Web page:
In response I received two acknowledgements of the information and then nothing. Eventually  I gave the information to our town auditor who told me that the council president, “his boss”, told him he could not discuss the information with me. So my effort to determine the veracity of the excuses I was given for neglecting a relatively easy task has sat on a bookcase shelf for several months. Now I’m going to let you decide.

In pure numbers, as of August 2010, there were 66.5 Full-time equivalent (FTE) employees in the DPW (includes the Water and Sewer Departments), 21 FTE in School Maintenance and 38 school custodians. The town employs additional custodians for town buildings. The total projected (FY12) budget for the DPW is close to $32 million (taxes and water and sewer receipts) and $5.1 million for school maintenance and custodial services.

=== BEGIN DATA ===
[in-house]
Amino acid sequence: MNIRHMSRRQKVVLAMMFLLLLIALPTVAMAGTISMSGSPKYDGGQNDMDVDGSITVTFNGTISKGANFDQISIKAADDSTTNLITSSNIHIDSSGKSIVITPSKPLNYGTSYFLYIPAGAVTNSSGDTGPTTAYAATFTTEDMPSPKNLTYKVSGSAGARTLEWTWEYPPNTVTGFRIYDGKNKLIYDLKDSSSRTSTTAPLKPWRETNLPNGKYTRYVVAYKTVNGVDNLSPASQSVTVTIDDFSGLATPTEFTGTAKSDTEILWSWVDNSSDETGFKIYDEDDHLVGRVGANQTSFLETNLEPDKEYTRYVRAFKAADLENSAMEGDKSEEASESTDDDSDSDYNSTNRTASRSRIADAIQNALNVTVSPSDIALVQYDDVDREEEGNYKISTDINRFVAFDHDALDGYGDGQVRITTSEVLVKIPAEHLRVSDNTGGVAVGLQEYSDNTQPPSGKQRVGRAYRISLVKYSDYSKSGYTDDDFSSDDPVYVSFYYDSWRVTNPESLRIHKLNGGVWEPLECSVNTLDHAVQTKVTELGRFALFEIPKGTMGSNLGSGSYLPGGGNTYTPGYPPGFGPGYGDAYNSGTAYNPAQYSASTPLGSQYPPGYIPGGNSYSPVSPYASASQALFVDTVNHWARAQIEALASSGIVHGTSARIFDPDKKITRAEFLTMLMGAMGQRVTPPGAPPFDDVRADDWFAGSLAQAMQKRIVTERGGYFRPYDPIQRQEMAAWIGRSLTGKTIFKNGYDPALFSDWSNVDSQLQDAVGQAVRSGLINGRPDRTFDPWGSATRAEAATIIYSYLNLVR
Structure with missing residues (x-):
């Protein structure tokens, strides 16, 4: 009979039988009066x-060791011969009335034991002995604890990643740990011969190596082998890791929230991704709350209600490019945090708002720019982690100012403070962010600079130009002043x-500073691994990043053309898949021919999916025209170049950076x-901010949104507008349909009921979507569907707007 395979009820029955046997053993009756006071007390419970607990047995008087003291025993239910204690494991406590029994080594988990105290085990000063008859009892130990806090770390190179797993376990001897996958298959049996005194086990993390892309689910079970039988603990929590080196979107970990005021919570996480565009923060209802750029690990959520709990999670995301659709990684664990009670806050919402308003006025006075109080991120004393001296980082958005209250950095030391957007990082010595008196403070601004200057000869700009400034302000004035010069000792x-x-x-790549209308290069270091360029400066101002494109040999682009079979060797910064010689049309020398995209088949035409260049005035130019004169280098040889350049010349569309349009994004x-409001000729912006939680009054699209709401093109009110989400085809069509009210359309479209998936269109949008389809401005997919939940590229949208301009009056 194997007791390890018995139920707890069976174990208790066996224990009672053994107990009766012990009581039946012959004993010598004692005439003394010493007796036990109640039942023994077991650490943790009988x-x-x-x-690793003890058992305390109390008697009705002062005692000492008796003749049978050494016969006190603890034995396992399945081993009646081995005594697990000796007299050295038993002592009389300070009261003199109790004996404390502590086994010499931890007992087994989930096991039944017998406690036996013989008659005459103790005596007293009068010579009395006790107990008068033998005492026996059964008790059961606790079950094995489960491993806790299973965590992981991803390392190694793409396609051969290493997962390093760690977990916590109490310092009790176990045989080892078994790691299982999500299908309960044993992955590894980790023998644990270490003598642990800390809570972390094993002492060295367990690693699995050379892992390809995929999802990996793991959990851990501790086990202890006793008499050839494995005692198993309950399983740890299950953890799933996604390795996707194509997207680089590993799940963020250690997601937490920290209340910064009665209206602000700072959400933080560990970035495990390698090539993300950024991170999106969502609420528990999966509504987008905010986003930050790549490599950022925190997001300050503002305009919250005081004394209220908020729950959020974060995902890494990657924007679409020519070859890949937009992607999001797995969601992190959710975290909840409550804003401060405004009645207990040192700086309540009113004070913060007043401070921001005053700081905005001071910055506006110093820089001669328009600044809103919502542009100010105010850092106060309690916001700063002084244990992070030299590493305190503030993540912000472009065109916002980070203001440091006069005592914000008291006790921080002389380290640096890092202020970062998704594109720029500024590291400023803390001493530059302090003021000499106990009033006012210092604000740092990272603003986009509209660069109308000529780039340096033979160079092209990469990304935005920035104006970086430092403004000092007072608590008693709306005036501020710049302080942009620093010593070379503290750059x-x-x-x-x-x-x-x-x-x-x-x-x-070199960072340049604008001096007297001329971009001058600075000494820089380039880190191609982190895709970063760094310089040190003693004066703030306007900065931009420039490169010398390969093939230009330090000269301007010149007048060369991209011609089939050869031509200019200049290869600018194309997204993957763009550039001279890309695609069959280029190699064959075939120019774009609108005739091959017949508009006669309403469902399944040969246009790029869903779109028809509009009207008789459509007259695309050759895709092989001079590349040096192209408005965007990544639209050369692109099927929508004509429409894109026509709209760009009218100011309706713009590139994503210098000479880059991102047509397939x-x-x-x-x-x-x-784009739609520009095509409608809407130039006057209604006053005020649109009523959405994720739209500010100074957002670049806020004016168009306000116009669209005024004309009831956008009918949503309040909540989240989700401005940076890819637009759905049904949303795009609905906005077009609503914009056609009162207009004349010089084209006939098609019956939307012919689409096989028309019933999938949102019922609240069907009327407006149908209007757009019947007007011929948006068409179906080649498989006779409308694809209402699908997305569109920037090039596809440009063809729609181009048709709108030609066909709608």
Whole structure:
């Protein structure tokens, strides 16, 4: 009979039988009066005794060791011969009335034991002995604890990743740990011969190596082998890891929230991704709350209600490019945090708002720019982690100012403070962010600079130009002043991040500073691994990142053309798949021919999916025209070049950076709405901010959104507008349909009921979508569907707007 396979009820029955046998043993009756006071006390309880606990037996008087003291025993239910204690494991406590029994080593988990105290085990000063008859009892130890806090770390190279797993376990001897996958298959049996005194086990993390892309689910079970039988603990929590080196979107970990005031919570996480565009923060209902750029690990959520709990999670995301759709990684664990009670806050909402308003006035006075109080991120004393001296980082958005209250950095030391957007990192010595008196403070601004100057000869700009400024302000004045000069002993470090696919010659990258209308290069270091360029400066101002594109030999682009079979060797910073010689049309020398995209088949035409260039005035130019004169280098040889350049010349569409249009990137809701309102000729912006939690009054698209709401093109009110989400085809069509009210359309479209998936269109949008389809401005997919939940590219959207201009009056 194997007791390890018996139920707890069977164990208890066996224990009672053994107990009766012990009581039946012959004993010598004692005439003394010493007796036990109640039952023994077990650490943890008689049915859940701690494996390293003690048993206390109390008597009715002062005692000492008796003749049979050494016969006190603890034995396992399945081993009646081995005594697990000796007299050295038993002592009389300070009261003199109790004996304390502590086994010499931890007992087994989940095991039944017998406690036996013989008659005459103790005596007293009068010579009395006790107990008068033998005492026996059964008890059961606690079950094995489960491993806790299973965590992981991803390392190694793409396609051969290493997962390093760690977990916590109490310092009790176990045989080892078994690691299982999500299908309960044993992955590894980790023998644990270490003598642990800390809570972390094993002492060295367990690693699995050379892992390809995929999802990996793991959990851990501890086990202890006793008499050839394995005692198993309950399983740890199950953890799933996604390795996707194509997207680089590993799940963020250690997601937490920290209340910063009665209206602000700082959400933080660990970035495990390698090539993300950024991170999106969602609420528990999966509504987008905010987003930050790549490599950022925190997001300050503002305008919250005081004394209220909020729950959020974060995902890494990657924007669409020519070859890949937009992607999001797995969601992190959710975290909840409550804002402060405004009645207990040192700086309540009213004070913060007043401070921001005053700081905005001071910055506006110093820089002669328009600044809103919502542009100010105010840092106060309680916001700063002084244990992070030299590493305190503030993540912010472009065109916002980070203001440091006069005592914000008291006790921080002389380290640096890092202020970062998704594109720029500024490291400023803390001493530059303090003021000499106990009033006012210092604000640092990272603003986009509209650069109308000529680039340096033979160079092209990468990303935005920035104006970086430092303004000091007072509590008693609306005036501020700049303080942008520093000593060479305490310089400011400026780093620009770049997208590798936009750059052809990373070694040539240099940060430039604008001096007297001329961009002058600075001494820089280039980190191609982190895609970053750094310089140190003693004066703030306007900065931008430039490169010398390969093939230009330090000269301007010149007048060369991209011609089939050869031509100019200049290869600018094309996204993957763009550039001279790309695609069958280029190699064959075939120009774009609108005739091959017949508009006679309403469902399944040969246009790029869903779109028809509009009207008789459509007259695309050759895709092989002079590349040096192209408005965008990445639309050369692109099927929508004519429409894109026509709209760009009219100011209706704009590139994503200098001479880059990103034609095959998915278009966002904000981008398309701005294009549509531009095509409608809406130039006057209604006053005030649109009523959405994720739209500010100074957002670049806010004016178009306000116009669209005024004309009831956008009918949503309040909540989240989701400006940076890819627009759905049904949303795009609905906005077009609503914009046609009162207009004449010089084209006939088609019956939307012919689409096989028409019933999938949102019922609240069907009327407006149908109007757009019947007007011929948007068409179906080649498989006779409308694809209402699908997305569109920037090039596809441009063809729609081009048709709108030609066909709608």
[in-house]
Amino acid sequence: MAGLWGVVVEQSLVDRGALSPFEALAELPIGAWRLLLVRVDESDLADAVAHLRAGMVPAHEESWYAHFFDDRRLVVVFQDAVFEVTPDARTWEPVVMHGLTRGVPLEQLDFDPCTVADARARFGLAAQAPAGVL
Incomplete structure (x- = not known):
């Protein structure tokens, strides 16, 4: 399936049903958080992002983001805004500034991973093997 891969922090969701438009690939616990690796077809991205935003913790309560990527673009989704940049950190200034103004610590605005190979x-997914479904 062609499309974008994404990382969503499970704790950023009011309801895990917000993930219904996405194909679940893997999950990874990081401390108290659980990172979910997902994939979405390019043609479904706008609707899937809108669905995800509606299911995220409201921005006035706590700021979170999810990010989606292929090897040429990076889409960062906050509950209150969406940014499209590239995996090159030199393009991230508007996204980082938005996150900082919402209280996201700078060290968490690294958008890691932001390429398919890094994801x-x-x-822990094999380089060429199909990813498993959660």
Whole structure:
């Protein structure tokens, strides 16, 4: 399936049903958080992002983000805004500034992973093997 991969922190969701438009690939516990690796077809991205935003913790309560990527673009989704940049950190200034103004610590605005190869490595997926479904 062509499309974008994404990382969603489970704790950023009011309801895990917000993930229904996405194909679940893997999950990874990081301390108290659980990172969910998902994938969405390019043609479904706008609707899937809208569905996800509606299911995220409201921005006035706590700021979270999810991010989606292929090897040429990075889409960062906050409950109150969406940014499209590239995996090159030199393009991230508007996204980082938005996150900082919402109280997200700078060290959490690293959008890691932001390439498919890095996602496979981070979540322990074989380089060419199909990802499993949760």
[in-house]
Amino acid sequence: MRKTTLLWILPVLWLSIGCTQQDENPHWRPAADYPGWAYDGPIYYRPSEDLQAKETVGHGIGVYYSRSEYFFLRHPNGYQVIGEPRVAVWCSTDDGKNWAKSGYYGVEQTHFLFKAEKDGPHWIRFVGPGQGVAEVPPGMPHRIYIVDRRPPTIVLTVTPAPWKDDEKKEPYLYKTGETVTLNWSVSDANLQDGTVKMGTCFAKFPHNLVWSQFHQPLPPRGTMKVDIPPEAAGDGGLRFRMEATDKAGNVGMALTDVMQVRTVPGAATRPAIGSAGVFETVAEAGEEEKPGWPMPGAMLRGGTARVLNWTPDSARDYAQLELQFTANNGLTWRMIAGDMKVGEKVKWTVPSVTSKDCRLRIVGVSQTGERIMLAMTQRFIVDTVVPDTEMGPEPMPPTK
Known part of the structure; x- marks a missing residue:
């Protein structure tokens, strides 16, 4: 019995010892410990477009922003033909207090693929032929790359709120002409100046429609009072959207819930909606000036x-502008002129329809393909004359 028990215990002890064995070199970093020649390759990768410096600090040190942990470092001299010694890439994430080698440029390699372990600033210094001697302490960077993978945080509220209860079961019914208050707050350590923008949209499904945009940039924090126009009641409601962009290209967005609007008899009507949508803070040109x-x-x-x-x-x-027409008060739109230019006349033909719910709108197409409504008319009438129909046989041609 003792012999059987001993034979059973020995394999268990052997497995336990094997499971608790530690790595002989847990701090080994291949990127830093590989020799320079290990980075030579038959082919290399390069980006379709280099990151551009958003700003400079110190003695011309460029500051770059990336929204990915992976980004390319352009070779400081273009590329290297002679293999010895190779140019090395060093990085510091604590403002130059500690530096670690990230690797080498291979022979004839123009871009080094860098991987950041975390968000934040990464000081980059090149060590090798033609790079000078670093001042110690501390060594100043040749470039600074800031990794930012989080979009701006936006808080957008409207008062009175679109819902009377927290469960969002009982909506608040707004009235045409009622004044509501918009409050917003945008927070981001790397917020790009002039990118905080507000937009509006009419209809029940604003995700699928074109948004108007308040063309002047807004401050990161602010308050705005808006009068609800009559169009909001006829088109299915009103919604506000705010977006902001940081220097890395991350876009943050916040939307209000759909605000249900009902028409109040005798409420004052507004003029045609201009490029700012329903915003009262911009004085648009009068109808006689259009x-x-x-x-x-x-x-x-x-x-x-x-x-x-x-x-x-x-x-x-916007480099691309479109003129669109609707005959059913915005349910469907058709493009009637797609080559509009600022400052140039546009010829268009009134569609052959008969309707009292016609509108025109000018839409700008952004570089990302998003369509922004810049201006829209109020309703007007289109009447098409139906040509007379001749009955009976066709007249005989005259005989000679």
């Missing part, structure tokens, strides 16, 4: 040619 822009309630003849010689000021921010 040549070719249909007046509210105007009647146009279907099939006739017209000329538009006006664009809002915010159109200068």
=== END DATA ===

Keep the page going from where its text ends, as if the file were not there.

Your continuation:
(On a side note, up until this year custodians were included in the budgets of individual schools. One of the things that “shocked” me was that we spent more on custodians at the high school  than we did on guidance although college admission is a big push for the town.)

Out of the 66.5 employees in the DPW, a third is administrative, professional or clerical staffs who do little or no manual labor and only half of the staff is covered by the union contract. A majority of the employees are in very narrowly defined jobs such as Water Meter Reader or Laboratory Technician. If the union culture keeps crafts from crossing, then the DPW has 2 maintenance men and 2 laborers whose job descriptions are broad enough to have expected them to collect the trash from the bridge.